We can build a more secure and more user-friendly future for everyone, but only if we stay vigilant about security for our users across all services they interact with, not just our own.

If you have any good examples of nudging users towards more secure behavior or best practices for secure UX design, please share in a comment below.

Exposed password image via Shutterstock

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Survey Says Bitcoin Holders Won’t Sell Until Well Over $100K


Webp.net resizeimage 2 1068x1068 Survey Says Bitcoin Holders Wont Sell Until Well Over $100K


Three surveys in as many months of residents in the United States, encompassing more than 2,500 people, reveal growing interest in bitcoin and cryptocurrencies. The latest survey introduces eye-popping specifics regarding general belief in bitcoin’s power and a hodl strategy that’s nearly unimaginable.  

Also read: Survey Respondents Say Bitcoin to Reach $10,000

survey 1 Survey Says Bitcoin Holders Wont Sell Until Well Over $100K

Lendedu Survey Results Urge Optimism

Lendedu, provider of transparent private student loan programs, commissioned a series of three surveys on the subject of cryptocurrencies and US residents’ attitudes. Each of the first two comprised 1,000 respondents, and covered bitcoin, ether, and ripple. The third in as many months, released 15 November 2017, halved the previous respondent numbers to focus exclusively on bitcoin investors.

The online poll was conducted by Pollfish, a 24/7 online survey platform utilizing mobile applications, over five days: 9 November through 13 November.

Lendedu stresses it “was not compensated by a third-party for running this survey,” and has “no financial relationships with any companies who market Bitcoin or cryptocurrency products.” As of the third survey’s publication, “none of the employees on Lendedu’s editorial team own Bitcoin,” they note.

Out of the gate, its first question was to ask why respondents were invested in bitcoin. Of the available choices, from store of value to its price, and even the bandwagon effect of friends and family, over 40 percent chose, “I believe Bitcoin is a world changing technology.”

23667320 10154790285151621 2140234139 n Survey Says Bitcoin Holders Wont Sell Until Well Over $100K

Now that is Hodl Philosophy

“On average, respondents reported that the current value of their Bitcoin investment was $2,930.85,” the poll claims. “At the time of the survey completion, the price per Bitcoin was $6,490.”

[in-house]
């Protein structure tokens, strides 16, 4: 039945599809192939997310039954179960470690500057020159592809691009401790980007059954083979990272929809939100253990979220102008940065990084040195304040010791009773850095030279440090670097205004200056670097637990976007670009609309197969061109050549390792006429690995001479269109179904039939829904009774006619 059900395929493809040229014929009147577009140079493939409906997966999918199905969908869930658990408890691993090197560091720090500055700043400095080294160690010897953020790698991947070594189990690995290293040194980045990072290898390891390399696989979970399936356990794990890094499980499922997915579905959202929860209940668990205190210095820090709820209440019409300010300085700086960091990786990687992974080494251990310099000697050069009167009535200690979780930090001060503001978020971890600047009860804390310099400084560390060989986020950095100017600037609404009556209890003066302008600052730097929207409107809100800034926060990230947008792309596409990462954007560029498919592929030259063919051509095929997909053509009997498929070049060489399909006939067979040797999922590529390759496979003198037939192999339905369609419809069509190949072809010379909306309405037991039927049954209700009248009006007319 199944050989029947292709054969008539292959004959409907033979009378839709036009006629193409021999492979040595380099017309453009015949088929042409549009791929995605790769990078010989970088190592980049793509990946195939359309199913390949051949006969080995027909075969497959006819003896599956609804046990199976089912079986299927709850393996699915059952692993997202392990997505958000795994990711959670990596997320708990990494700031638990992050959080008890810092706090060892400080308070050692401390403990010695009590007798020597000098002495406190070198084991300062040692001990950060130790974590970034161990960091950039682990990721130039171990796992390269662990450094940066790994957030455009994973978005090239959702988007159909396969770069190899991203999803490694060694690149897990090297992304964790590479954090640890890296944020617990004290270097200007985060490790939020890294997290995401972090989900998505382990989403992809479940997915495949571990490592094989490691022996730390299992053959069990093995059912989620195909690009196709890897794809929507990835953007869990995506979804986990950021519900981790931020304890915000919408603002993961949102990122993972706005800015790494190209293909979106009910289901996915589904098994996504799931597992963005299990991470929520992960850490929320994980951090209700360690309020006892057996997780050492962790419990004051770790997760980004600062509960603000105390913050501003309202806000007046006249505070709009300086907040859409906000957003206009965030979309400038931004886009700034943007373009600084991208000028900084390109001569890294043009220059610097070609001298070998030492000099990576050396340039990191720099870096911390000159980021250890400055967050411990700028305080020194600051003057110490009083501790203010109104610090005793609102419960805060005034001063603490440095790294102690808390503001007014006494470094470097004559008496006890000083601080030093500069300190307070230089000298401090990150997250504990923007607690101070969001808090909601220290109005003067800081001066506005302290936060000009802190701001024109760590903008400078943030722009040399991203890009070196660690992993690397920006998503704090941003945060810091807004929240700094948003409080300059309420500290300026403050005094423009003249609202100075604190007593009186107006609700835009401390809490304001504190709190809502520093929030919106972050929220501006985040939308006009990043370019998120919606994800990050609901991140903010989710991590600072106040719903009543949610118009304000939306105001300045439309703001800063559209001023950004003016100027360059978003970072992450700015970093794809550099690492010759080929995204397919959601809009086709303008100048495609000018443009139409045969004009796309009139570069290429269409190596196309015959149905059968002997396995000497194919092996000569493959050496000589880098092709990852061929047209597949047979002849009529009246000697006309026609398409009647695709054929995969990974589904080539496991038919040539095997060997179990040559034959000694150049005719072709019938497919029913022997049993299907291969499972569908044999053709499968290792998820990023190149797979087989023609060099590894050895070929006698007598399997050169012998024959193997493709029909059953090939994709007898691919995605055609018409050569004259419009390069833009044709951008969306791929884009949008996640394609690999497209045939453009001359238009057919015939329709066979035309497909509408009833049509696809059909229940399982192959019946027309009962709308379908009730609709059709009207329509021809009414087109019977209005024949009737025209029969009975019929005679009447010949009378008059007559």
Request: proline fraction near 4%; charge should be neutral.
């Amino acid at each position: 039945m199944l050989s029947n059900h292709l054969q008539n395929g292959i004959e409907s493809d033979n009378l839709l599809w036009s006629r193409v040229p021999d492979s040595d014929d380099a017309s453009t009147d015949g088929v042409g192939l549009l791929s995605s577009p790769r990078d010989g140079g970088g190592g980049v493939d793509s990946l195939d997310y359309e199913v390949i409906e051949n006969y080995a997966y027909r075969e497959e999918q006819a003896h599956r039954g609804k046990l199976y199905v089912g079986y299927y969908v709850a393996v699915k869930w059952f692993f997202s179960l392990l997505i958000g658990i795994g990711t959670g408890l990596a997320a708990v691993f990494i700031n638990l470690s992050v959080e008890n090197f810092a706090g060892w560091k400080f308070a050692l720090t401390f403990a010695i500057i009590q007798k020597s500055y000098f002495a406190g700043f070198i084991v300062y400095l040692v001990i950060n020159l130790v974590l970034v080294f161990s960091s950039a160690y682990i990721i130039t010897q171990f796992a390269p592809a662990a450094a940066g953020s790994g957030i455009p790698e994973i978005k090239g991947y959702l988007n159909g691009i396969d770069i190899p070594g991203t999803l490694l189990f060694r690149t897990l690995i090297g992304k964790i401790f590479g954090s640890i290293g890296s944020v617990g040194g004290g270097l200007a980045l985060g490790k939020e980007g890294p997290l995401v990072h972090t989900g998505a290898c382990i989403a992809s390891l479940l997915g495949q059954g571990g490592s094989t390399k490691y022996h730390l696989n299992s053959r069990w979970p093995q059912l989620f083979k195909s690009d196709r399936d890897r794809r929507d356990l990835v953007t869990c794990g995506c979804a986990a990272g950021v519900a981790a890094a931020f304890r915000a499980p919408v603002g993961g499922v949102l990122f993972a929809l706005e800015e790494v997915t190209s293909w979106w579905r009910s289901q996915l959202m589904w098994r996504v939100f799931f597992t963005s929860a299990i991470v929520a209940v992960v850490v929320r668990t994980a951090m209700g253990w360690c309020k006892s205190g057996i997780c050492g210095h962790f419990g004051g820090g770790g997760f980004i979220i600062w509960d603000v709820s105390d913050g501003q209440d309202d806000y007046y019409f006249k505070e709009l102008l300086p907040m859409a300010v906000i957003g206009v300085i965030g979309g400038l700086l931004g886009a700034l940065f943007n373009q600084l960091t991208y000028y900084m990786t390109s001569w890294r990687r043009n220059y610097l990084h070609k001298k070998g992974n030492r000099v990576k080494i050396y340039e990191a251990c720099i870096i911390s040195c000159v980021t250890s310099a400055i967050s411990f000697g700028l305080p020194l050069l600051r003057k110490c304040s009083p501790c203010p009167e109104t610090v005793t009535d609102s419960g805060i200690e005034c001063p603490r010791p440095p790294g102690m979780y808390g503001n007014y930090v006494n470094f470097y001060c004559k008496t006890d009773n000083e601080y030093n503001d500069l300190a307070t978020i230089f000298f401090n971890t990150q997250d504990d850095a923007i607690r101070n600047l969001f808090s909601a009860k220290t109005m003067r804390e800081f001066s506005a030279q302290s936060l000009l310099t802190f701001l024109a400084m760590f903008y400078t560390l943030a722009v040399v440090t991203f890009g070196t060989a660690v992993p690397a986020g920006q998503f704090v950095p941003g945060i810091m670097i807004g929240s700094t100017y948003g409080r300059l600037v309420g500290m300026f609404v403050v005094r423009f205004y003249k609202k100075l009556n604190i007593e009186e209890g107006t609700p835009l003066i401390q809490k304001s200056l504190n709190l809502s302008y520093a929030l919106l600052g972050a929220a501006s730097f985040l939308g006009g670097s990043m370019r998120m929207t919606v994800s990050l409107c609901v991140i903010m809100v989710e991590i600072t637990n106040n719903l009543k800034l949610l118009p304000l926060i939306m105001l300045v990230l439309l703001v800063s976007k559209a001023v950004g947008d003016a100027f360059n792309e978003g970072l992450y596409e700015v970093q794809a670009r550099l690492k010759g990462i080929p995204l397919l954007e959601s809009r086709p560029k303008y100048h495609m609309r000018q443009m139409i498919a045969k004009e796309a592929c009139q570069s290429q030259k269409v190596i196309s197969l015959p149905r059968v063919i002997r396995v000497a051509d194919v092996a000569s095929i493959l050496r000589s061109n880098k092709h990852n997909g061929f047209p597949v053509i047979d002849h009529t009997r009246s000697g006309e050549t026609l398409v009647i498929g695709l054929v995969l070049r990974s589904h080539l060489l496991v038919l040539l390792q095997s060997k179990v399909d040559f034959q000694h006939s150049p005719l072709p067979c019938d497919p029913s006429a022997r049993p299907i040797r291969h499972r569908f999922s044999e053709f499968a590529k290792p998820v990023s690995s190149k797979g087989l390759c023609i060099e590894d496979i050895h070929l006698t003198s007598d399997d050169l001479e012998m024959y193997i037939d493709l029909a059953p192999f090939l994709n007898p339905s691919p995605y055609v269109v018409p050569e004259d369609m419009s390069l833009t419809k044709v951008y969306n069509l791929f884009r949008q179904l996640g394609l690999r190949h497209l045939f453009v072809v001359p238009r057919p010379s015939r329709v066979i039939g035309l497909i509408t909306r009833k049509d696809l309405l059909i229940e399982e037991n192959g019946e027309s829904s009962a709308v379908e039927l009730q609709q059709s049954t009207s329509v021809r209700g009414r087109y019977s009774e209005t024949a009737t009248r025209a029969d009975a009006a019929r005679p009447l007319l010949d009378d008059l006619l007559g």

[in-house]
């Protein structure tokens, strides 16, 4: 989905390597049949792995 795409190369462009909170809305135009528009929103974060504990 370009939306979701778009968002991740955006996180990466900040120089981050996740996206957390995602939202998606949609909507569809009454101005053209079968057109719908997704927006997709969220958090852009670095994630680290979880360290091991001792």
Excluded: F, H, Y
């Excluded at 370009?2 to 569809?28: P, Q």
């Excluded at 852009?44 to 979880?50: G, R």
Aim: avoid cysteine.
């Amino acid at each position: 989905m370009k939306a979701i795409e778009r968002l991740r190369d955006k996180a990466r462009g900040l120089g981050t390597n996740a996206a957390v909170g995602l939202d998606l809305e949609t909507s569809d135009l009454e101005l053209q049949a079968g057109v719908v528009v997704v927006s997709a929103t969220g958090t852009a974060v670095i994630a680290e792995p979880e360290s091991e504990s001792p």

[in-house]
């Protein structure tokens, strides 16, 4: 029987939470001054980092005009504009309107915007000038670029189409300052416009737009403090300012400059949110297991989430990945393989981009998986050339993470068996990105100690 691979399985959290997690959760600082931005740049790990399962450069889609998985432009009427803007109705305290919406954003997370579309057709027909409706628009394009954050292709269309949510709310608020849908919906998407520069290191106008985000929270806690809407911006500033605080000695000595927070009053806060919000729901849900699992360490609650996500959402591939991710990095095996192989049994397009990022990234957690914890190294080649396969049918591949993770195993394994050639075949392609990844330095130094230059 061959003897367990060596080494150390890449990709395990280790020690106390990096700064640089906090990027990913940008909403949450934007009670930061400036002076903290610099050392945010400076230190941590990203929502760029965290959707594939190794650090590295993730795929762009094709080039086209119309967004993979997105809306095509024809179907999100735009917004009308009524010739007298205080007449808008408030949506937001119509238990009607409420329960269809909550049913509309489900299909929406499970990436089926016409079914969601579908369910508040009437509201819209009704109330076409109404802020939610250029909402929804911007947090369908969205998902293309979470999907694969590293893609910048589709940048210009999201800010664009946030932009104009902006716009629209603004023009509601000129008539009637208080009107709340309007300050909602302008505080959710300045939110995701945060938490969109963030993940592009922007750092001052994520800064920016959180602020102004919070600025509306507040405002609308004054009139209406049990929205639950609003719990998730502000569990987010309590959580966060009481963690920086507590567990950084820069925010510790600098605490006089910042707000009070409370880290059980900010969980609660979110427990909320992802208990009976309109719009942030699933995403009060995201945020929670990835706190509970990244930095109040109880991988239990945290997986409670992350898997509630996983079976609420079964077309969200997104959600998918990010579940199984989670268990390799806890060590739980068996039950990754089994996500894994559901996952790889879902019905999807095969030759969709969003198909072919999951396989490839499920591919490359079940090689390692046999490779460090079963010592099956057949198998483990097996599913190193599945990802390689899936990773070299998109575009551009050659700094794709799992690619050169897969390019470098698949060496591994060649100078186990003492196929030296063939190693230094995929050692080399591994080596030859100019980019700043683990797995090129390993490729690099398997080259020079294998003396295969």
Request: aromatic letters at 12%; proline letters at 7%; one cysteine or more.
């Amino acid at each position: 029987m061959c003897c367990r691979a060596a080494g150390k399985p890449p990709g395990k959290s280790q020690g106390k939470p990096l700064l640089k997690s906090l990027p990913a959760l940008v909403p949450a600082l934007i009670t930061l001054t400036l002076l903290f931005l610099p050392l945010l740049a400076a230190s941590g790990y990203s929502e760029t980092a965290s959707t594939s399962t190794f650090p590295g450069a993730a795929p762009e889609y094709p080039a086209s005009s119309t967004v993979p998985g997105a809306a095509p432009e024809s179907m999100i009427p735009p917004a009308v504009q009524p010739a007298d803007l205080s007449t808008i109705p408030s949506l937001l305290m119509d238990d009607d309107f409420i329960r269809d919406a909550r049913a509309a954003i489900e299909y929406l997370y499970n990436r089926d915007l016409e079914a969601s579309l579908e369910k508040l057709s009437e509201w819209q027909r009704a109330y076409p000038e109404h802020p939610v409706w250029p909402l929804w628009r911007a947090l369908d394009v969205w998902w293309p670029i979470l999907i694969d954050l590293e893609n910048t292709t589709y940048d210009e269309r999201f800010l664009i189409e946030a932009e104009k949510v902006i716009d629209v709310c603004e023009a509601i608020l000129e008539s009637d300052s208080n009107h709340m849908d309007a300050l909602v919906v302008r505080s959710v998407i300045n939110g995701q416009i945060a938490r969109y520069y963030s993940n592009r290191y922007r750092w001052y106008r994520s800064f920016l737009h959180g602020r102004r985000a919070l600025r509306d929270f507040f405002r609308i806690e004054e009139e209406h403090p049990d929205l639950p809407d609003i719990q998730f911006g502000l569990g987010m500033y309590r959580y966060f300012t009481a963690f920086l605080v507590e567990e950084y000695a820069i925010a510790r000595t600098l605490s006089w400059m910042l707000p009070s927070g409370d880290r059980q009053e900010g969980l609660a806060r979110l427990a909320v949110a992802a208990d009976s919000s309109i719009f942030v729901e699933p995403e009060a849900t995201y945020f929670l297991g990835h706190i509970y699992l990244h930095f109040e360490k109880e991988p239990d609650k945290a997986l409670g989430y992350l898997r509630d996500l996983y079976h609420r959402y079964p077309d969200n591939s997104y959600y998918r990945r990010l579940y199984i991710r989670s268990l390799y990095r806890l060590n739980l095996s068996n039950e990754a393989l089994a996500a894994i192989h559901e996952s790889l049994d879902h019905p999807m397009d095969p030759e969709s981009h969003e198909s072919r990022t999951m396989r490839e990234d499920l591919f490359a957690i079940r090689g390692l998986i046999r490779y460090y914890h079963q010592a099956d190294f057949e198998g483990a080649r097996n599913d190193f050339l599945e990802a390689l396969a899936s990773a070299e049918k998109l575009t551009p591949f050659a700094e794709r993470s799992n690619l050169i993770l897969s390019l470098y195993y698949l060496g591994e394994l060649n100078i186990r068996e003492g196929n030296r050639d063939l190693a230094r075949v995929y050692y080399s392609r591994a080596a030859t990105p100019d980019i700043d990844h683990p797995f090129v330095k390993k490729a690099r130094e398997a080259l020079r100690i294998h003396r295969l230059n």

More than half profess not to worry about security aspects of bitcoin, and two-thirds have yet to sell any of their bitcoin. Only 35 percent refuse to report bitcoin earnings to the IRS.

The one statistic that really jumps out is the final question’s answer. It asks at what price “would you be willing to sell all of your Bitcoin investment?”

survey 2 Survey Says Bitcoin Holders Wont Sell Until Well Over $100K

“On average,” the poll reveals, “respondents reported that they would be willing to sell all of their Bitcoin investment at $196,165.79 per Bitcoin.” Considering the average respondent is apt to have bitcoin for only three years, this might show how utterly bullish investors are.

The survey did find “over 21 percent of Bitcoin investors are planning to hold their investments for over seven years, with 11.70 percent of those planning to hang onto their Bitcoin for over 10 years.”

What do you think of the survey’s results? Tell us in the comments below!

Images courtesy of: Pixabay, Lendedu, Pollfish

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PR: Pura to Be Listed on Kucoin Exchange: Trading Starts on Friday November 17


pr PURA option 1 PR: Pura to Be Listed on Kucoin Exchange: Trading Starts on Friday November 17

This is a paid press release, which contains forward looking statements, and should be treated as advertising or promotional material. Bitcoin.com does not endorse nor support this product/service. Bitcoin.com is not responsible for or liable for any content, accuracy or quality within the press release.